Aside from writing, ahead of me this week: Dennis Crompton Mike Webb from Archigram will give a Media & Modernity talk at the Princeton School of Architecture tomorrow night. On Friday, the Center for Architecture, Urbanism and Infrastructure (where I am a fellow) will host Mobility and Accessibility: Twenty-First Century Infrastructure, both a public session and an invitation-only seminar on Friday and Saturday.

Next week: I’m giving a talk at the University of Chicago in the History of Science department on the 16th and the University of Wisconsin-Madison—my alma mater!—on the 19th. More about that later.

weeknote 10

Listening to Peterlicht and sipping a glass of grüner veltliner on my last Sunday in Venice. I smell like sunblock even after a shower. It’s my last Sunday in Venice after being here for six weeks. It’s been anomalous and unusual, but good. I’ve missed Princeton and will look forward to the start of springtime there, to immersing into my dissertation proposal and chapter.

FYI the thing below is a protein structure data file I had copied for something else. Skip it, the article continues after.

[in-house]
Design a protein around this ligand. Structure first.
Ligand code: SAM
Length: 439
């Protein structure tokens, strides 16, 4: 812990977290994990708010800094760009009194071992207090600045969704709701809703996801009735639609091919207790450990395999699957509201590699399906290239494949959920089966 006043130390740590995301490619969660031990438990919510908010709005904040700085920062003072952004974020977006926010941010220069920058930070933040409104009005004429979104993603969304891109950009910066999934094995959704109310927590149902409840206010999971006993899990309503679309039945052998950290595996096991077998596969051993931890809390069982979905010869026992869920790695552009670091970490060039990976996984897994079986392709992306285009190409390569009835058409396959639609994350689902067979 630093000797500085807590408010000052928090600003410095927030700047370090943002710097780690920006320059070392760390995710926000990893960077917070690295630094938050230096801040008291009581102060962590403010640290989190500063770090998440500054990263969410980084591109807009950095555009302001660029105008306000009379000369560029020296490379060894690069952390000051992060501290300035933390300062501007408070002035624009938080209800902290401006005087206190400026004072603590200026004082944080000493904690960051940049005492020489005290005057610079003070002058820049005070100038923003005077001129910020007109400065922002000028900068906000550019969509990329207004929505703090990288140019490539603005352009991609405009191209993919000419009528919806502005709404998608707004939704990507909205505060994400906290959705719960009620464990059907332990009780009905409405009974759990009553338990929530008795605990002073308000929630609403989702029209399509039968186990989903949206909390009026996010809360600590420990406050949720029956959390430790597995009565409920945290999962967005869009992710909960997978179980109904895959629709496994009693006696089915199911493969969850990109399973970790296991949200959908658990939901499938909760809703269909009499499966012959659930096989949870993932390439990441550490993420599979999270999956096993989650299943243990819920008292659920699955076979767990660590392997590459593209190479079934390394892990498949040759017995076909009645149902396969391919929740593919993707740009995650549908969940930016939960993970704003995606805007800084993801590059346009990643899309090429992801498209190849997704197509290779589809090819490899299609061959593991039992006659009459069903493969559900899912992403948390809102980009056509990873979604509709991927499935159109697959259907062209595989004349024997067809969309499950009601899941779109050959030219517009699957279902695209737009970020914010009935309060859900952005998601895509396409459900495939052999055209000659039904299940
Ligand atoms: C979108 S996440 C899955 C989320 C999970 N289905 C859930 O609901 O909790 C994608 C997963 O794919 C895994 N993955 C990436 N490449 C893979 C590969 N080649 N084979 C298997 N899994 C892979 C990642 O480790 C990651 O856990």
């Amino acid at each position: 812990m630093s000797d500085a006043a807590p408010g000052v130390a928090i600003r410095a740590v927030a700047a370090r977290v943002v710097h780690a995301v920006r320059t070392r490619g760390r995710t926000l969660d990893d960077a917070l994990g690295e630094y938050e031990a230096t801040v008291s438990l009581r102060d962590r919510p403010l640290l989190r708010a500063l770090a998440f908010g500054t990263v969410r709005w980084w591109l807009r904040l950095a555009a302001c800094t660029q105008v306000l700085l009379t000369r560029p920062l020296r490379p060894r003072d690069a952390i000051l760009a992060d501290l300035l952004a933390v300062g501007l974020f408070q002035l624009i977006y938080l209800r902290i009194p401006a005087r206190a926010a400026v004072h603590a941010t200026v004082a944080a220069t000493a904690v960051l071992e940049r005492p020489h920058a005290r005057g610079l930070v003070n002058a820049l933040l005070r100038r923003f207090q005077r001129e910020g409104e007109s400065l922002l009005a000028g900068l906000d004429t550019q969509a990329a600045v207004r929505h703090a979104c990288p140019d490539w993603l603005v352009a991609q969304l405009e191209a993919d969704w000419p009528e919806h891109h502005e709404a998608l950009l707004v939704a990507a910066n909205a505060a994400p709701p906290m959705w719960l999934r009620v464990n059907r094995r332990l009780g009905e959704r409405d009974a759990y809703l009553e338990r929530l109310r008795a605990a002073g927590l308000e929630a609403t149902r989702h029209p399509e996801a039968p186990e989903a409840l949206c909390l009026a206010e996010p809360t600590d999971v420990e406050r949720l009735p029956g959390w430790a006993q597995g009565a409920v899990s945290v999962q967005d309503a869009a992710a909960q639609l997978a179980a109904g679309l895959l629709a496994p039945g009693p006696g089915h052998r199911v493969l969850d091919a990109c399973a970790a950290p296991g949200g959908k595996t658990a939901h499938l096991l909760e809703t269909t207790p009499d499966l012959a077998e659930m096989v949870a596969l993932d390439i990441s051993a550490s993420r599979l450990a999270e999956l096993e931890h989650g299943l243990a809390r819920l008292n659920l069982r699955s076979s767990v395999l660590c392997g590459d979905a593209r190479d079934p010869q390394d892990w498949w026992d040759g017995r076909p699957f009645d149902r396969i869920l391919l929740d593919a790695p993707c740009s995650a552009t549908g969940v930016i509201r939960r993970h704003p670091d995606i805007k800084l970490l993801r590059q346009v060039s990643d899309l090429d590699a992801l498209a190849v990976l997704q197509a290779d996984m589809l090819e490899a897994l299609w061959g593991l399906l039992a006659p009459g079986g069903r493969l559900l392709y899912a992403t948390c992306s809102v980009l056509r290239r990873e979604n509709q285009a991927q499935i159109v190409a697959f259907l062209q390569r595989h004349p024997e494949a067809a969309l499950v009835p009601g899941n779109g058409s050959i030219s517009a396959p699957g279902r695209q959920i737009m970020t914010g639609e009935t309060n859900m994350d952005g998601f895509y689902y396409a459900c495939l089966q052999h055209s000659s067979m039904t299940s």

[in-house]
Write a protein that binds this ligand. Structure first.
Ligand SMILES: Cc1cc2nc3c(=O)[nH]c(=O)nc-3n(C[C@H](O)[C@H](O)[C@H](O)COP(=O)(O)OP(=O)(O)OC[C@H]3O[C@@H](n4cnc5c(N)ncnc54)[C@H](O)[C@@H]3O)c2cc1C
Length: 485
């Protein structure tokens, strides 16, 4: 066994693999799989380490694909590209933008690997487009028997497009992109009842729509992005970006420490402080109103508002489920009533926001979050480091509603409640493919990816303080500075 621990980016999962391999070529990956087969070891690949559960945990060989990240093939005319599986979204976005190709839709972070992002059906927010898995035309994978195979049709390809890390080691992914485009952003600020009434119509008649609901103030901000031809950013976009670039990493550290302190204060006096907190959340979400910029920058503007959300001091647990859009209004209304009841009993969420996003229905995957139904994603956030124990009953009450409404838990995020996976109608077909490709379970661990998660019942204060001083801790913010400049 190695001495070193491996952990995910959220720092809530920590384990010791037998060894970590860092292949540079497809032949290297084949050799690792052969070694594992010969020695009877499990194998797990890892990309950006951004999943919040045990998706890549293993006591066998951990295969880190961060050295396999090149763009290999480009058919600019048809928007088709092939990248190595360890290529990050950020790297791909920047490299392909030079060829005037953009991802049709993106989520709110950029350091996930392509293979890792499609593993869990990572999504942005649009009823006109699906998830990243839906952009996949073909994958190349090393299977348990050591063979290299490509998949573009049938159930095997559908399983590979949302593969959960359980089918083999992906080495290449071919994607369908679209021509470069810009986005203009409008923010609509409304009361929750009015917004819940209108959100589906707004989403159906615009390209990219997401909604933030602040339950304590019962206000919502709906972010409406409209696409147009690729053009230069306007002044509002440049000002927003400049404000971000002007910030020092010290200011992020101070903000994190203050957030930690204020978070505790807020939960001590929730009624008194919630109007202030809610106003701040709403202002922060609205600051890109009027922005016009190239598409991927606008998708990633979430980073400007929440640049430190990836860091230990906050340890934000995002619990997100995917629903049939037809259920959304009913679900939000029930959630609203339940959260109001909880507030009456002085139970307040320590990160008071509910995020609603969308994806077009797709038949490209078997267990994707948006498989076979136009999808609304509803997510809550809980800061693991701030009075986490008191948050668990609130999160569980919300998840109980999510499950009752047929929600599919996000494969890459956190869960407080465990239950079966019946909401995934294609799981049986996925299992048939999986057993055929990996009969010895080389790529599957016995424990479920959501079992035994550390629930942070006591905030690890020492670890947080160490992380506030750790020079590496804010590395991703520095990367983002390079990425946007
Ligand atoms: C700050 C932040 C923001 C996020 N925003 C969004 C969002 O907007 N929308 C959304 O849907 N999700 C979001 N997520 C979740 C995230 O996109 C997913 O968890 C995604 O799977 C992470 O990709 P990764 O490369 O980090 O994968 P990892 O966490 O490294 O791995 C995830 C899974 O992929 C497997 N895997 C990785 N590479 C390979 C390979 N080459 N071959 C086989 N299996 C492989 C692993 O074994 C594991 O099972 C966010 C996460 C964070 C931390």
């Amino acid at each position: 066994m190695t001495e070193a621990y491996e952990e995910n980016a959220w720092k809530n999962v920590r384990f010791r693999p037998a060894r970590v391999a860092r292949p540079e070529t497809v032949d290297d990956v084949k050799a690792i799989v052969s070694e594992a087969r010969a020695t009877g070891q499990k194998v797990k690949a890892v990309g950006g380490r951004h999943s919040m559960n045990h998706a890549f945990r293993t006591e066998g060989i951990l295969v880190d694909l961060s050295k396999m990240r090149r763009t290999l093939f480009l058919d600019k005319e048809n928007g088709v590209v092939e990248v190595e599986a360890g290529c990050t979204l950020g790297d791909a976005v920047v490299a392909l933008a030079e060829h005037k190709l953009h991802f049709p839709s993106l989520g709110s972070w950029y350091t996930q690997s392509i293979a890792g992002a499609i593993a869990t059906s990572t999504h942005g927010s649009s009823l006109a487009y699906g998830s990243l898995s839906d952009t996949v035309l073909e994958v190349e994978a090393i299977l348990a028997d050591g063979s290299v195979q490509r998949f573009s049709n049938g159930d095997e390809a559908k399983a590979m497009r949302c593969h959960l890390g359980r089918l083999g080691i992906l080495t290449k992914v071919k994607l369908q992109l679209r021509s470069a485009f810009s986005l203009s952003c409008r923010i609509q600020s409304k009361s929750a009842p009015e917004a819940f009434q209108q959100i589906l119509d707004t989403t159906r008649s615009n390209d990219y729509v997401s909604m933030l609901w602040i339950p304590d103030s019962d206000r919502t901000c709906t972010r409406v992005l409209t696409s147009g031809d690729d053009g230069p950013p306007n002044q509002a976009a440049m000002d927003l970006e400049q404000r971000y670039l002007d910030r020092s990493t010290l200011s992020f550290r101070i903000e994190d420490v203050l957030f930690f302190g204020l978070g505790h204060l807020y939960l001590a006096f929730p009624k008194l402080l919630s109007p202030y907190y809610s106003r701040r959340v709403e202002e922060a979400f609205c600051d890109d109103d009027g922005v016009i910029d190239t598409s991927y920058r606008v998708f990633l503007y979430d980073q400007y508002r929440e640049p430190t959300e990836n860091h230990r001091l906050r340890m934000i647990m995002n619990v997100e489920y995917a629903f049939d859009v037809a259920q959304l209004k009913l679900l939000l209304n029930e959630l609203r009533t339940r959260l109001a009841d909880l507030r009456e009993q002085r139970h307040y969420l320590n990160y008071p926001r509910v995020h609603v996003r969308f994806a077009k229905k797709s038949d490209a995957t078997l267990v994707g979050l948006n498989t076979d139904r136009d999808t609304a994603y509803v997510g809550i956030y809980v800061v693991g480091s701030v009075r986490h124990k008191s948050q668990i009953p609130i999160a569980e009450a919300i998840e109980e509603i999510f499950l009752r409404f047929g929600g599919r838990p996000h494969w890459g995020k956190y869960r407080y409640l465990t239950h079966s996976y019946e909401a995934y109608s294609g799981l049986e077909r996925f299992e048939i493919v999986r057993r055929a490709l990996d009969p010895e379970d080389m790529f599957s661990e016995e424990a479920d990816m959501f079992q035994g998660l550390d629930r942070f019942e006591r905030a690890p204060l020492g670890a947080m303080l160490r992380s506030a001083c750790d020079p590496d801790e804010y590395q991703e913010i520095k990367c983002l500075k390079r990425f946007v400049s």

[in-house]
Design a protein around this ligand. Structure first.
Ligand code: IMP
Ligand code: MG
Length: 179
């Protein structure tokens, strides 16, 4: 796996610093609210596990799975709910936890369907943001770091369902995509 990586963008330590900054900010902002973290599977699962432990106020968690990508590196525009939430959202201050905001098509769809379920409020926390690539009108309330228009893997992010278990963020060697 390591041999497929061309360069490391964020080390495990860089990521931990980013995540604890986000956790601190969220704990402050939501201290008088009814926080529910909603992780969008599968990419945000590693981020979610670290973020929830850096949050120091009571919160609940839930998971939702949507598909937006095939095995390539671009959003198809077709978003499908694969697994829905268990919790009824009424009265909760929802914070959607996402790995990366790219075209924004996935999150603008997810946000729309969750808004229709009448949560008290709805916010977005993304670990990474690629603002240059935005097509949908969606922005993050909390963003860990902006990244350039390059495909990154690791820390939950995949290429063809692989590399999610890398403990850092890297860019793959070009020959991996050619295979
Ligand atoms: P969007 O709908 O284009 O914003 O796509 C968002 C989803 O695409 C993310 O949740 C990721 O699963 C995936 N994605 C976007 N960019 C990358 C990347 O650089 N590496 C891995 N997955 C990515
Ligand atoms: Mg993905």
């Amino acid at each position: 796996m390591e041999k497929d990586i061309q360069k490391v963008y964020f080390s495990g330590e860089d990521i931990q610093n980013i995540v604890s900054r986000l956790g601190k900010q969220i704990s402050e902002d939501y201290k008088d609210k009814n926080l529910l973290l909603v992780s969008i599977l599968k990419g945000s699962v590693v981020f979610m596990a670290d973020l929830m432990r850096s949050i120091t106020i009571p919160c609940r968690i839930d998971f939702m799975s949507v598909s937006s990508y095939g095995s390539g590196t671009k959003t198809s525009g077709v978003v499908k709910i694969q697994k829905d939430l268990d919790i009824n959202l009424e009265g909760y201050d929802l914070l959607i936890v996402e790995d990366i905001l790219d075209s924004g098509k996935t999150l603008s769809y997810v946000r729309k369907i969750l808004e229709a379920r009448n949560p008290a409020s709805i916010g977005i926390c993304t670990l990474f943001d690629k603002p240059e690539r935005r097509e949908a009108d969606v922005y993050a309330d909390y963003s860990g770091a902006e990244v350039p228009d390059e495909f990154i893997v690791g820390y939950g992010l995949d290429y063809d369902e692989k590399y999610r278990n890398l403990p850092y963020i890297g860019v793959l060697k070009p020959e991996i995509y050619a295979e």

There’s South by Southwest. I need to write about that separately, especially about the panel I moderated: “Maps, Books, Spimes, Paper: Post-Digital Media Design.” This was the 13th year I’ve attended SXSW, the 12th I’ve spent on the advisory board. It was huge and messy and very inspiring. I didn’t know that it would offer that to me this time around, but it did. More on that soon.